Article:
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‘Banks to manage credit risks after franchise vote’


‘Banks to manage credit risks after franchise vote’

An organization of universal and commercial banks assured the banking public on Tuesday of its members’ credit management capacity after a House panel rejected ABS-CBN Corp.’s application to resume its radio and television broadcasting operations, sparking fears it would hurt the economy and investments.

“The Bankers Association of the Philippines (BAP) expresses its confidence in the capacity of banks to manage their credit portfolio in relation to the nonrenewal of the ABS-CBN broadcast franchise,” it said in a statement.

“The banking industry remains strongly capitalized and in solid liquidity position to manage credit risks,” it added.

According to the group, banks have withstood various crises in the past because of the Bangko Sentral ng Pilipinas’ (BSP) prudential measures that allowed the sector to remain strong and healthy.

“In the midst of today’s pandemic and concerns on the nonrenewal of the ABS-CBN broadcast franchise, we strongly believe that banks will continue to be steadfast as they are supported by strong financial conditions, robust risk management systems and a good corporate governance,” BAP said.

It is also confident its members are prudent and take the welfare of their depositors seriously.

“Your deposits are protected,” the organization assured bank clients.

BAP members are the Asia United Bank, BDO Unibank Inc., BDO Private Bank Inc., Bank of Commerce, Bank of the Philippine Islands, China Banking Corp., CTBC Bank (Philippines) Corp., Development Bank of the Philippines, East West Banking Corp., Land Bank of the Philippines, Maybank Philippines Inc., Metropolitan Bank and Trust Co., Philippine Bank of Communications, Philippine National Bank, Philtrust Bank, Philippine Veterans Bank, Rizal Commercial Banking Corp., Robinsons Banking Corp., Security Bank Corp., Union Bank of the Philippines and United Coco Planters Bank.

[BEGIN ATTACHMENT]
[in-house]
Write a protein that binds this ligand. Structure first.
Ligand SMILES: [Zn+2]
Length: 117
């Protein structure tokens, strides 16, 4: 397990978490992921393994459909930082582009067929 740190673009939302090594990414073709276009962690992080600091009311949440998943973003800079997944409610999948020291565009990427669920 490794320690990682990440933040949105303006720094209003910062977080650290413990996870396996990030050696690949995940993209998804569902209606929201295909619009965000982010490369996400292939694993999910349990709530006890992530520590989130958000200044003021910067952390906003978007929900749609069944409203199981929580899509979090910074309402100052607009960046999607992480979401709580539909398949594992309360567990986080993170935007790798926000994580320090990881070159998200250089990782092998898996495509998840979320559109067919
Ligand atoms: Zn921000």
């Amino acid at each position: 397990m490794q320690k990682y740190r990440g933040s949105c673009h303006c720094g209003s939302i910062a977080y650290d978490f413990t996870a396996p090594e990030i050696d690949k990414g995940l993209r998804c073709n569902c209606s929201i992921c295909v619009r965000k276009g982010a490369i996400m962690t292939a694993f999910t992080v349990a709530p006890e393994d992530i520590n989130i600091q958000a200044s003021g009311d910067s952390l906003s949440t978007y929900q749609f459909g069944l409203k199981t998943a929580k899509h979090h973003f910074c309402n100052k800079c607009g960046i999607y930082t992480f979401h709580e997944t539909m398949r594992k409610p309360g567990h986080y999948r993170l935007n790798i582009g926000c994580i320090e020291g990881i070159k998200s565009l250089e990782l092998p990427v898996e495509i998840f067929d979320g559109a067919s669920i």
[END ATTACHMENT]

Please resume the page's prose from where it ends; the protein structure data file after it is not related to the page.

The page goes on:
The statement comes after the House Committee on Legislative Franchises, in a 70-11 vote, decided not to renew the media conglomerate’s franchise on Friday after its previous one expired on May 4.

The company’s management and employees expressed pain and sadness over the decision, while other members of the media, academic groups and social media users condemned it, with many calling it an assault on press freedom. The vote also prompted analysts and observers to express concern that the country’s economy and investor confidence might suffer because of it.

The statement also comes after BSP Governor said earlier that banks’ nonperforming loans (NPL) remained within manageable levels, compared with the 3- to 3.4-percent NPL ratio in the first half of 1997, when the Asian financial crisis started. The ratio peaked at 17.6 percent in 2002.

Latest available data showed that banks’ gross NPLs picked up by 20.01 percent to P262.68 billion at end-May from P218.88 billion a year ago.

NPLs are past due loans where the principal or interest is unpaid for 30 days or more after the due date, including the outstanding balance of loans payable in monthly installments when three or more installments are in arrears.

Their total loan portfolio climbed by 7.24 percent to P10.81 trillion in January to May from P10.08 trillion a year earlier.

These figures translate to a gross NPL ratio of 2.43 percent, higher than the year-ago 2.17 percent.


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